This article by Chuck Williams was published December 12, 2017 by the Ledger-Enquirer.
A Russell County Circuit Court judge has asked that the District Attorney’s Office and the Alabama Attorney General investigate potential voter fraud in a Phenix City municipal election, according to an order issued late Monday.
Vickey Carter Johnson, the top vote-getter in the Nov. 14 special election to fill the vacant District 2 council seat, filed suit in Circuit Court claiming that “illegal activity” occurred in the election. Johnson got 240 of votes cast to 225 for Baxley Oswalt and 26 for Steve Franklin.
Because Johnson did not get more than 50 percent of the votes, the election has been thrown into a Dec. 19 runoff between her and Oswalt. The ruling does not appear to impact the status of next week’s runoff election.
Since the election, Phenix City Police have investigated claims of wrongdoing and found that 80 registered District 2 voters were using business and not residential addresses, which is contrary to Alabama law that requires a voter to use his or her “domicile” when registering.
Judge Michael Bellamy held a hearing last week in which the Russell County Board of Registrars, one of the defendants, was asking the court to dismiss the complaint.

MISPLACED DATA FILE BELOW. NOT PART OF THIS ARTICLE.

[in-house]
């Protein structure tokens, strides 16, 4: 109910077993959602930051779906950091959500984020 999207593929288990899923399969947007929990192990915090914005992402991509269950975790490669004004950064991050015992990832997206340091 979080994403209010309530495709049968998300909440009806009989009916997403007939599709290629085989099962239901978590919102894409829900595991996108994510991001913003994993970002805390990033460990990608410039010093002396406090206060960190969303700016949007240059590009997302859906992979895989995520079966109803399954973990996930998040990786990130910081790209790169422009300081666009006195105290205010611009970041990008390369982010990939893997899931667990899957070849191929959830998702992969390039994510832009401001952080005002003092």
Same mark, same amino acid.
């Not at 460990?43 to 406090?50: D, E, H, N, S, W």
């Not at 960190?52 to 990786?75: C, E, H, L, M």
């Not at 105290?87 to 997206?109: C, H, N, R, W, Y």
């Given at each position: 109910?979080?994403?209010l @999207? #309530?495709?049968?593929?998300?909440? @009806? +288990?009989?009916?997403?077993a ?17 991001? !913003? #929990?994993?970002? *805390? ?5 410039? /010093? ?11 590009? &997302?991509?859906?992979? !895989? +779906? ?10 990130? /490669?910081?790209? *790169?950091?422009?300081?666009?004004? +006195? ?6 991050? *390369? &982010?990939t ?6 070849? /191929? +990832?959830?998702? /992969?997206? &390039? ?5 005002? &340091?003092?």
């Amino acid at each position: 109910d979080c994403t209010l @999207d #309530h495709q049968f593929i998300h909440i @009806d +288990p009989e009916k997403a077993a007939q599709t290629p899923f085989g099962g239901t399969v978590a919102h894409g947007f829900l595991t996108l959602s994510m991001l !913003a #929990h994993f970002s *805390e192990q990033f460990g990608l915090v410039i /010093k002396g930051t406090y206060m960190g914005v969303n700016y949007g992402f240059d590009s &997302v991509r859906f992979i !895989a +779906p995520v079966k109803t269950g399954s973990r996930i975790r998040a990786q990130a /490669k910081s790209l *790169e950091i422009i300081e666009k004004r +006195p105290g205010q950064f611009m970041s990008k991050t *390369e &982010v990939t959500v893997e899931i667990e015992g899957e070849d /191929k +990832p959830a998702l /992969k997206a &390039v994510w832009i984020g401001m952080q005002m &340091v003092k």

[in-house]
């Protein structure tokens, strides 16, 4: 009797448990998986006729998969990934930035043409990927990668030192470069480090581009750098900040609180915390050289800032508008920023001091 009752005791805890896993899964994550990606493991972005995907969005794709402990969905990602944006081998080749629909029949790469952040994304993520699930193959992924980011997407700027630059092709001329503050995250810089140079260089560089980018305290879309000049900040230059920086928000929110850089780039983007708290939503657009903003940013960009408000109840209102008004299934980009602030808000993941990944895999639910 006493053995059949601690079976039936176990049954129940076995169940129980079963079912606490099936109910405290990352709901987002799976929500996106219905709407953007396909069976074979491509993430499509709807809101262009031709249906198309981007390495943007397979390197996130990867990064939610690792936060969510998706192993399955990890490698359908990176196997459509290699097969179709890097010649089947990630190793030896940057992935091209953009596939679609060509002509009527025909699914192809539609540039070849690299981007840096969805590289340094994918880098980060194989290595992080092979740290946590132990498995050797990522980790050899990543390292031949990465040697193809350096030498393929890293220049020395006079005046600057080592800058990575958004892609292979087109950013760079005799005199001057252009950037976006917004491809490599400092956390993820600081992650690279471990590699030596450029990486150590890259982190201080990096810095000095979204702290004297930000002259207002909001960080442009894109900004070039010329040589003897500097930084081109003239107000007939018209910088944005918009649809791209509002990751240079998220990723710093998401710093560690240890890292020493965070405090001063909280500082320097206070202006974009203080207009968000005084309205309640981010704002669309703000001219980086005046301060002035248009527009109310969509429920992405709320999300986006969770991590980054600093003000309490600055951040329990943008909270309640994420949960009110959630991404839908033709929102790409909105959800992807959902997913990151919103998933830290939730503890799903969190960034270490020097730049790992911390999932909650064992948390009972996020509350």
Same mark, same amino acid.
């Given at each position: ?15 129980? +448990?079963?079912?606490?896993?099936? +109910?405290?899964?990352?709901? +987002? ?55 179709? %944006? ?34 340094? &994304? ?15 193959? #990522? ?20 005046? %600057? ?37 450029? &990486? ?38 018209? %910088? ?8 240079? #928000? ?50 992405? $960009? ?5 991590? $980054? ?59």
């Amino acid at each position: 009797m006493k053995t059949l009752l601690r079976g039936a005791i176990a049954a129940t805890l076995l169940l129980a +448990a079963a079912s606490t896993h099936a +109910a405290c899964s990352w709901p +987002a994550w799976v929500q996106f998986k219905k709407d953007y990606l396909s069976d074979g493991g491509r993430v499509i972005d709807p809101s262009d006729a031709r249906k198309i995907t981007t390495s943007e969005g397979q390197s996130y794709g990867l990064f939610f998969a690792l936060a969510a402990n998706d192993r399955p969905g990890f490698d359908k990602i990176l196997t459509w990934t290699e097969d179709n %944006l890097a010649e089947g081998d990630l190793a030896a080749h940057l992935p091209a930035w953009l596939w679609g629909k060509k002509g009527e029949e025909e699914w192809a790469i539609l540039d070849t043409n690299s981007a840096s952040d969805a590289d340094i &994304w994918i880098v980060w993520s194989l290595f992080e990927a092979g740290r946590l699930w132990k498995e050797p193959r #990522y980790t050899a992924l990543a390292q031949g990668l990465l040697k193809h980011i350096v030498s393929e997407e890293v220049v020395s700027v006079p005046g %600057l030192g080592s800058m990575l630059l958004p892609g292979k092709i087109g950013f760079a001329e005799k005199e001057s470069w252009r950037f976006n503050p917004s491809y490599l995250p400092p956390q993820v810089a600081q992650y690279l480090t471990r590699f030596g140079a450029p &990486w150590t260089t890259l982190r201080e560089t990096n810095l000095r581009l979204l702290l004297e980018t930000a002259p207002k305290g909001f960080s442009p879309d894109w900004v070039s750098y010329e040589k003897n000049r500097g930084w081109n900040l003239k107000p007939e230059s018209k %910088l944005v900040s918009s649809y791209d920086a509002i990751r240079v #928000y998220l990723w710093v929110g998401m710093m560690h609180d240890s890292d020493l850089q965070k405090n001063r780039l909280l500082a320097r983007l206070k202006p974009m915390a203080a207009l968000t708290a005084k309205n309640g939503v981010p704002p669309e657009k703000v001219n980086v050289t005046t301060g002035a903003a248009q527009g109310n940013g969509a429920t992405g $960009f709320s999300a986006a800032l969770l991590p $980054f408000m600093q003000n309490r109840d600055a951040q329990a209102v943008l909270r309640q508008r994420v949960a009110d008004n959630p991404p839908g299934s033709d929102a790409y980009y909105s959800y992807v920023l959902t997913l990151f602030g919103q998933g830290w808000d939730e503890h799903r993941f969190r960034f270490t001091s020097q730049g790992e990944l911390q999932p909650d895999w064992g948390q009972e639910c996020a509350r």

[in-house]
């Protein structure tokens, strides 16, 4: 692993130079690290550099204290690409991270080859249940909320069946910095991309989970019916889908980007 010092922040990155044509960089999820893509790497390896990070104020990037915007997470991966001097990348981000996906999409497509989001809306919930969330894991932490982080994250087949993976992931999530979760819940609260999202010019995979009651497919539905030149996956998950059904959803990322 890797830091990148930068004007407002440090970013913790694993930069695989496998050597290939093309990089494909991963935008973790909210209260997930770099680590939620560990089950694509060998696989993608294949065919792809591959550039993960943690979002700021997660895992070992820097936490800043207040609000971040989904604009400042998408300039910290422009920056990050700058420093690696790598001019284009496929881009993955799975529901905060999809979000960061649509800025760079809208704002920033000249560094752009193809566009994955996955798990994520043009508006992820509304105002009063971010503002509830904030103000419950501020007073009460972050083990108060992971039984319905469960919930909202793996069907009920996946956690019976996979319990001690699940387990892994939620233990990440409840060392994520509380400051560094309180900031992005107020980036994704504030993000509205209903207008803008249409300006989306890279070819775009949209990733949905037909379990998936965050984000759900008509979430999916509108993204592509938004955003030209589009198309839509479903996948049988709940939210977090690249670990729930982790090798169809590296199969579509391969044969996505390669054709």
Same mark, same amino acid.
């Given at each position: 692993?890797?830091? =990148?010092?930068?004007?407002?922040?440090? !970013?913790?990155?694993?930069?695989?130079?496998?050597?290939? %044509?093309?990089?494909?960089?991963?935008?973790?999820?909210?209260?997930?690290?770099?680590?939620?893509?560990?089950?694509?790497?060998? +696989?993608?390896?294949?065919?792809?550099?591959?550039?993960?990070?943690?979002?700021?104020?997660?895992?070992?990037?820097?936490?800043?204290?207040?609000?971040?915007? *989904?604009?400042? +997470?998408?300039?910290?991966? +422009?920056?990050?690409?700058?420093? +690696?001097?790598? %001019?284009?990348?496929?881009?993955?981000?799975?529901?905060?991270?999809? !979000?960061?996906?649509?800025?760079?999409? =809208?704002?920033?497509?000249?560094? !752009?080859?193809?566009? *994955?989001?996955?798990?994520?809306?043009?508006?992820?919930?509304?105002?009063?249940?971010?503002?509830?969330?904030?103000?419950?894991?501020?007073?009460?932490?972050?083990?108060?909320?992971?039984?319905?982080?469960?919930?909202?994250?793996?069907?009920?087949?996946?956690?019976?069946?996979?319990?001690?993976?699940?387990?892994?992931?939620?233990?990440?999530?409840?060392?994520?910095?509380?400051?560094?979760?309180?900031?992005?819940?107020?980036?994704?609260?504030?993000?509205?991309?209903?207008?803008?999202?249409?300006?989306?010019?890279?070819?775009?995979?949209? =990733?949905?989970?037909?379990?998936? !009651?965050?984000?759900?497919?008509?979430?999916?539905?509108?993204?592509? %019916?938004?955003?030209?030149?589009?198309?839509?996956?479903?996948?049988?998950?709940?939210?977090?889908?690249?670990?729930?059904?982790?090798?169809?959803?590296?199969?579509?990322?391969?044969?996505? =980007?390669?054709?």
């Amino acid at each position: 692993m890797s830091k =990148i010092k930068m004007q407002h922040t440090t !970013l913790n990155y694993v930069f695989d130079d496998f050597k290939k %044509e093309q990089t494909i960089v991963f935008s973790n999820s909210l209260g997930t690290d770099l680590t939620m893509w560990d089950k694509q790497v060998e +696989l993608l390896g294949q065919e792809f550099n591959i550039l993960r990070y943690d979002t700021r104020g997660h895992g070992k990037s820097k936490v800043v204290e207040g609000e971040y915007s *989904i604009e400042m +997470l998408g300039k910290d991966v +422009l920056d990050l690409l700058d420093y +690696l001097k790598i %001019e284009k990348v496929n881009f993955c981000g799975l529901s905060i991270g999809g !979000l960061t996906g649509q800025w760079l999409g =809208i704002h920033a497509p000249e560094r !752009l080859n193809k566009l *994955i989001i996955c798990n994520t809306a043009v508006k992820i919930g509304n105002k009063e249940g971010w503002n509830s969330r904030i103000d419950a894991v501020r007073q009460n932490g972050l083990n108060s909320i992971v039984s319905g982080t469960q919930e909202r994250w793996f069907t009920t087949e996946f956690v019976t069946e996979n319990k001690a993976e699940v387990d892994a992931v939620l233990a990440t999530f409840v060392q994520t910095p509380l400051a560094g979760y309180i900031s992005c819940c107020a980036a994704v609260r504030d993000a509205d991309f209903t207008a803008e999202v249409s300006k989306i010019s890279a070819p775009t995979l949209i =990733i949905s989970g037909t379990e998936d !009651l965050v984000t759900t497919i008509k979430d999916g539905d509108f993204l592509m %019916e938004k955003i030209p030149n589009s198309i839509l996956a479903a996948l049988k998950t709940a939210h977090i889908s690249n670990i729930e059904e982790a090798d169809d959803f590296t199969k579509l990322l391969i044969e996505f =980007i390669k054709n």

“The court finds justice requires that the petitioners request that the alleged illegal activity be investigated has merit and allegations of fraud and illegal voting shall be investigated,” Bellamy wrote.
The judge ordered the ruling sent to the attorney general and district attorney. Bellamy also directed the Board of Registrars to “cooperate in good faith with any investigation that may come regarding the alleged illegal activity.”
Bellamy noted that Phenix City Police had launched an investigation and identified that 30 of the 80 voters registered at business addresses cast ballots in the Nov. 14 election that was held after the death of Councilmember Johnnie Robinson.
“The court notes that 30 votes could be sufficient to change the election results,” Bellamy wrote.
The court ruling comes as the Phenix City-Russell County NAACP has been requesting an unbiased investigation into alleged voting irregularities in the recent election.
District Attorney Ken Davis said he reviewed the order Tuesday afternoon.
“All I can say at this time is we are going to look into it and try to decide how to proceed,” Davis said.
A lawyer from the Attorney General’s Office represented the Russell County Board of Registrars in last week’s motion to dismiss, Bellamy noted in his ruling.
“The court repeatedly asked the assistant attorney general if the Attorney General’s Office would investigate and was repeatedly told that was not her purpose for being there,” Bellamy wrote.